Last month, the American Freedom Defense Initiative placed advertisements in New York City subways that read,
“In any war between the civilized man and the savage, support the civilized man.”
“In the choice between love and hate, choose love. Help stop bigotry against our Muslim neighbors.”
“Love your Muslim neighbors”
“Hate speech is not civilized. Support peace in word and deed.” From New York Times.
The ads war in the NYC subways make me think of the failure of the American melting pot. We still don’t know how to have kind, respectful spiritual conversation. We all want to clamber on to of the moral high ground and preach.
In the ad war I think both sides are missing something: love for each other. They’re calling names (“hate speech”, “savage”, “bigotry”) I think my favorite ad is Sojourners “Love your Muslim neighbor.” And yet, does the tit-for-tat advertisment make for more love?
I think people’s MO is to choose a side and dig trenches or we just hold our tongue. We don’t have spiritual conversations.
A week from tomorrow I’ll be speaking on “The Man Behind the Curtain: Good News Without Tricks” to Biola’s Torrey Conference. The question at this Christian university is like that at many others: how do I share good news in this changing world?
How do we bring up Jesus as if he weren’t an f-bomb, muttered or spoken too loud and then glancing around to see who heard.
Last weekend I ran into a woman whose story I began to tell in Coffee Shop Conversations. She was pregnant the same time I was so we had plenty to share.
I ran into her at our grocery story on Sunday and caught up a bit. I opened the conversation with “How have things been with your son and boyfriend?
“Husband,” she corrected, “But we split up. He was cheating on me.”
“I’m so sorry, that’s super annoying.” We talk and even laugh a bit. She tells me some more details and then I think of what I really want to ask.
“How has the split changed your feelings about marriage and love?” She launches into a long story of how she never thought she’d find love, but her ex gave her hope. Now, she’s just certain nothing will last. Nothing. I listen, I ask her if she’s more hopeless now.
“Not hopeless, realistic,” she says steely-eyed.
“How has this experience changed your feelings about God?”
“Not changed much really.” She explains how she used to go to church, how she prayed as a five year old that God would protect her from things that “should never happen to anyone.” And how God didn’t come, how God let her down. She tells me how “Bible-thumpers” will stop her and preach to her. How she’ll listen and sometimes even go to church with them (just to be polite). I plunge in with this,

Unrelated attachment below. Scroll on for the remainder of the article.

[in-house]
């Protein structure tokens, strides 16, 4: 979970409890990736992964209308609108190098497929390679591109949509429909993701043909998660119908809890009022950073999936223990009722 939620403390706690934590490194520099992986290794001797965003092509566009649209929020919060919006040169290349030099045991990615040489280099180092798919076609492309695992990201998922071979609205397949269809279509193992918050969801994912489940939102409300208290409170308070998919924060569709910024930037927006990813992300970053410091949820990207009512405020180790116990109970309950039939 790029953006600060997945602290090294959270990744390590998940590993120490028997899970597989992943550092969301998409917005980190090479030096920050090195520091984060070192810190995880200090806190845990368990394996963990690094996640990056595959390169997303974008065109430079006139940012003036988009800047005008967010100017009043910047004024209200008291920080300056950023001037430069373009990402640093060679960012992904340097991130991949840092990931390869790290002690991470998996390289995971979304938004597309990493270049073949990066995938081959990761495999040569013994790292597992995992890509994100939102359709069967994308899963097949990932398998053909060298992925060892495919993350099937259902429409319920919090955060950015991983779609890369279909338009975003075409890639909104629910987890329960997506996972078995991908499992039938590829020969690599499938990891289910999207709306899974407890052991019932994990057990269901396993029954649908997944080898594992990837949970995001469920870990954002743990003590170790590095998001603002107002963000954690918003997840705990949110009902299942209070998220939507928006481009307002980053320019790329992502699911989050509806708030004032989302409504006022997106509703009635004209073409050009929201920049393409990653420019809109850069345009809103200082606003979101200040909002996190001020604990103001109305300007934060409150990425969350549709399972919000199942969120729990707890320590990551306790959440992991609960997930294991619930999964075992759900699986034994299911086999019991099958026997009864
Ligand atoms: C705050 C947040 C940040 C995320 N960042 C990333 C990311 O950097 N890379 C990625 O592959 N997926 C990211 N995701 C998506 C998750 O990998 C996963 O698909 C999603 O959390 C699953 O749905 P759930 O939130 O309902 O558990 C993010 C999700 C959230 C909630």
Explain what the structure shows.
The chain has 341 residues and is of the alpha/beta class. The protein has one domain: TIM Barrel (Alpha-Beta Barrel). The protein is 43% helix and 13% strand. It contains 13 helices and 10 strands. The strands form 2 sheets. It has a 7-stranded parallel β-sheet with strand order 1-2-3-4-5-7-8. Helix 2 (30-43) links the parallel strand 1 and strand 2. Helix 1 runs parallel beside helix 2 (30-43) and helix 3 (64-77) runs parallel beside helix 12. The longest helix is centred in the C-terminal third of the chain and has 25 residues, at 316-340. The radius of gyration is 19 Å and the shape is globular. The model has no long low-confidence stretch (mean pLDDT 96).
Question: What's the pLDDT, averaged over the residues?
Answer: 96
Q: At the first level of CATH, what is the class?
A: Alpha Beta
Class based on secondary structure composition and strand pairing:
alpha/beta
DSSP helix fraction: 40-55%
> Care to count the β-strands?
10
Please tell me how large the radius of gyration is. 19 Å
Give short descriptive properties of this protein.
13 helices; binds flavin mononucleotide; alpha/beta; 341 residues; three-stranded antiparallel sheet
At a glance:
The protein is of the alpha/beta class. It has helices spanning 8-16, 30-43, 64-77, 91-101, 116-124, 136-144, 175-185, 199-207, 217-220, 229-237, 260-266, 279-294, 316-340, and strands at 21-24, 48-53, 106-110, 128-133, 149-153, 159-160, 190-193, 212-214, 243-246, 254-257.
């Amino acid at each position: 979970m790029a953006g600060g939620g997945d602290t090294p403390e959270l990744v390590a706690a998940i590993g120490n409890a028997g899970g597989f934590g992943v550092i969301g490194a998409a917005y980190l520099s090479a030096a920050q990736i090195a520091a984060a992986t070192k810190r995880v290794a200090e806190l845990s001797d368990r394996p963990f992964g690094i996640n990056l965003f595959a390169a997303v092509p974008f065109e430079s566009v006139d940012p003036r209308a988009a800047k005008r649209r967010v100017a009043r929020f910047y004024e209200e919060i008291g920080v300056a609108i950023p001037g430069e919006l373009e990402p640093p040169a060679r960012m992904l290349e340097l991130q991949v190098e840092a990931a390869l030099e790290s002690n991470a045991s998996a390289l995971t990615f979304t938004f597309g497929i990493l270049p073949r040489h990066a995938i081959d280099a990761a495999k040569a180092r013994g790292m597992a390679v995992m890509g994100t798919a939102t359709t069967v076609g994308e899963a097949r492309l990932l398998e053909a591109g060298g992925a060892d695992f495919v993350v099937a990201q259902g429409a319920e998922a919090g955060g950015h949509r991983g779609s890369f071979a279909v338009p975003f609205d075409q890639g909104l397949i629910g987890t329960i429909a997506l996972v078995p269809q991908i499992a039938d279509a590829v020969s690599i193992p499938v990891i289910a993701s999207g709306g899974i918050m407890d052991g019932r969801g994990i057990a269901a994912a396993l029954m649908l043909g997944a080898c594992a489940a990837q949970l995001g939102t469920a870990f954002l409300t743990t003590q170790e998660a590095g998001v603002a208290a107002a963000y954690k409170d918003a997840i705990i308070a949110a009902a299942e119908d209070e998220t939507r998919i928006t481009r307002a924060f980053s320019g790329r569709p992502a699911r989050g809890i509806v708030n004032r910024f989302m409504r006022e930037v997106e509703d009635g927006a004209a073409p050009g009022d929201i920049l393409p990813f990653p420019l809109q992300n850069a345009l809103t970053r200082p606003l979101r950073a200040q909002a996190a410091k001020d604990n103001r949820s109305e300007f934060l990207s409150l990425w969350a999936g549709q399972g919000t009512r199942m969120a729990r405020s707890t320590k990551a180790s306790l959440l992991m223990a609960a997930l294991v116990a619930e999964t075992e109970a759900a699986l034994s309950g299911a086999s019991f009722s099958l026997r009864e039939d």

“Do you remember from the times you went to church what Jesus says when he’s hanging on the cross?” She shakes her head, “God, why have you forsaken me?” She looks curious for second. “That reminds me of what you said” I tell her.
“Yea,” she responds, “But people tell me that if a rapist says he’s sorry God forgives him and lets him into heaven. I tell them, if that’s where the rapist is, I want to be in hell.”
My heart jumped with understanding. I got what she meant. I told her so. We talked a little about my son who was asking for a second sugar packet. We said goodbye.
So, I ask you, what is Jesus’ good news for her?
Evangelism is more about good news than it is about tricks or convincing one-liners.
Sometimes people ask me how I end up in these conversations. While I can’t underestimate the differences between extrovert and introvert (I’m the former), I’ve seen my introverted husband have deep spiritual conversations, too. We both practice two things:
1- relentless curiosity (which is neither loving or good to fake)
2- bold questions (for instance: “How have things been since _____”, “Are you married?” “What does that tattoo mean to you?” “How has your divorce changed the way you see love and marriage?” ”How has your divorce affected your journey with God?” ”Do you believe God has abandoned you?”)
If you practice both of these I promise you’ll have a chance to answer equally personal and meaningful questions.
By the way, these aren’t just questions I whip out on the unsuspecting “unbelievers” (can we lose that word?!). These are questions I ask anyone I care about. They’re questions I want to be asked by someone who wants to know me better.
Do you have any questions you love to ask others?